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Old 04-07-2021, 05:08 AM   #1
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40 feet to 34 feet

Hi,

I am looking for a bus and all I find is 40 feet buses. Has anyone or is it possible to shorten a bus by 6 feet approximately. I have a buddy that is a welder so it should not be a problem, just wondering if it has been done before and what steps to take.

Thanks in advance.
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Old 04-07-2021, 06:08 AM   #2
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Anything is possible. I don't know what all is available in your area but there are shorter buses out there to be had although perhaps they're less common than 40 footers. I imagine if you get a front engine 40 footer you could bob the tail which would be marginally simple in theory and having a welder friend would help immensely. Nevertheless, I also imagine spending a little more to get the right size bus in the first place would be far easier and less expensive in the long run than saving a few bucks up front but dealing with the mess and aggravation of cutting one down to size. Most of the time what I've seen is cutting down the body but retaining the frame length for a truck bed or flatbed toy hauler or in one case cutting the frame back near the rear axle to tote a gooseneck trailer because in that case you'd want the hitch over the axle.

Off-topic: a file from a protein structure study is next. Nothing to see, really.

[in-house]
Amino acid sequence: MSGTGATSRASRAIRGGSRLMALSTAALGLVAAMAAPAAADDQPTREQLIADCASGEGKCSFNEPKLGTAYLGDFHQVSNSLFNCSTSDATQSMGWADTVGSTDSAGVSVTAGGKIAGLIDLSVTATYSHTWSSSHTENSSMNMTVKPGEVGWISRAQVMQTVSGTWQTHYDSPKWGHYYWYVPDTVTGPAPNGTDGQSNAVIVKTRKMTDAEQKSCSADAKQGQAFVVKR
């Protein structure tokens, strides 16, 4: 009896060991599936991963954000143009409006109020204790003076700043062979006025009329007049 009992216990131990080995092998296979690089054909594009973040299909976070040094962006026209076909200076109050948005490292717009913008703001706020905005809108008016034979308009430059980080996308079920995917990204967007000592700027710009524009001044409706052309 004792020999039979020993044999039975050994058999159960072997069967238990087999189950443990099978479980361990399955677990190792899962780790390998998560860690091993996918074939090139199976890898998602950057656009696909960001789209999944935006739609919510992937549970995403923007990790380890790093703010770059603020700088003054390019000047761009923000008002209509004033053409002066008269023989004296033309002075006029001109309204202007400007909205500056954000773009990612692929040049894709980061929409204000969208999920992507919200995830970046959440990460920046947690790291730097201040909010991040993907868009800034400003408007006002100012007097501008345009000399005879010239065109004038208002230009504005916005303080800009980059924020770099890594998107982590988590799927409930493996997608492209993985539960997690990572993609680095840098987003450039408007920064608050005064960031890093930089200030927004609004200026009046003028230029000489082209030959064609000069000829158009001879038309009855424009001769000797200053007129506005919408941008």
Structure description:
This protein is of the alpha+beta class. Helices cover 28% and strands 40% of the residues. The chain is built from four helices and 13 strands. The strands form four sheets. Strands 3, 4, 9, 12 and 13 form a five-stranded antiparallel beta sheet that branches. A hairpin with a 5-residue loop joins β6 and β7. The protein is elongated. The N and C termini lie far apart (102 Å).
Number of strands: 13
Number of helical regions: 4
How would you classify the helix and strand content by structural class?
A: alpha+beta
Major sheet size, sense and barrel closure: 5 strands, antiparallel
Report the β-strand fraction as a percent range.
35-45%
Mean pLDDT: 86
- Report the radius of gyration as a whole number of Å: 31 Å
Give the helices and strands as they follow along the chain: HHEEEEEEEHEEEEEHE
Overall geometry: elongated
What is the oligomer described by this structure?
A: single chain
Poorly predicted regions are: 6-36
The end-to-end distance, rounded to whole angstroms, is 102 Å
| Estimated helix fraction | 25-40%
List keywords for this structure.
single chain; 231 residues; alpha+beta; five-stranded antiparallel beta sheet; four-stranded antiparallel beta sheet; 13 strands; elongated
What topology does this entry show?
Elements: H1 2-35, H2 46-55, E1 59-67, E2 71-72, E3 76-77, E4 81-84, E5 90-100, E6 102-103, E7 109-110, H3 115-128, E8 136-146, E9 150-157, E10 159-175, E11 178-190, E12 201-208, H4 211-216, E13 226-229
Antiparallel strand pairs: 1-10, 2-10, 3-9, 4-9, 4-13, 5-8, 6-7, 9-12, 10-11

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Old 04-07-2021, 11:29 AM   #3
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Are the buses for sale truly 40 feet? When I was looking, I saw a lot more buses that are 34-38 feet long and very few that were actually 40 feet. I'm not sure what you have in Canada, but it's probably similar since we have NAFTA.
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Old 04-07-2021, 11:39 AM   #4
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Someone one here did it, should find it in a search. Then you have less rear overhang so it will tow with less wag. Clearly not ideal in terms of work involved.
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Old 04-07-2021, 11:46 AM   #5
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Basically cut the back cap off, remove how ever many wall sections you want and reattach the end cap.
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Old 04-07-2021, 02:52 PM   #6
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I did it last summer and chronicled it here. Look for the thread, "Leaventaun - Soon". I tried to be thorough in getting all the steps - and missteps - recorded.

As Sehnsucht said you'd be better off to buy one the size you want. But I live in New Jersey and it's not easy to find a decent bus in the rust belt. When I found mine within 30 miles home in good condition I decided the time and expense I'd commit to shortening it would be a wash when compared to buying it hundreds or thousands of miles away and pay the cost in time and money to get it home.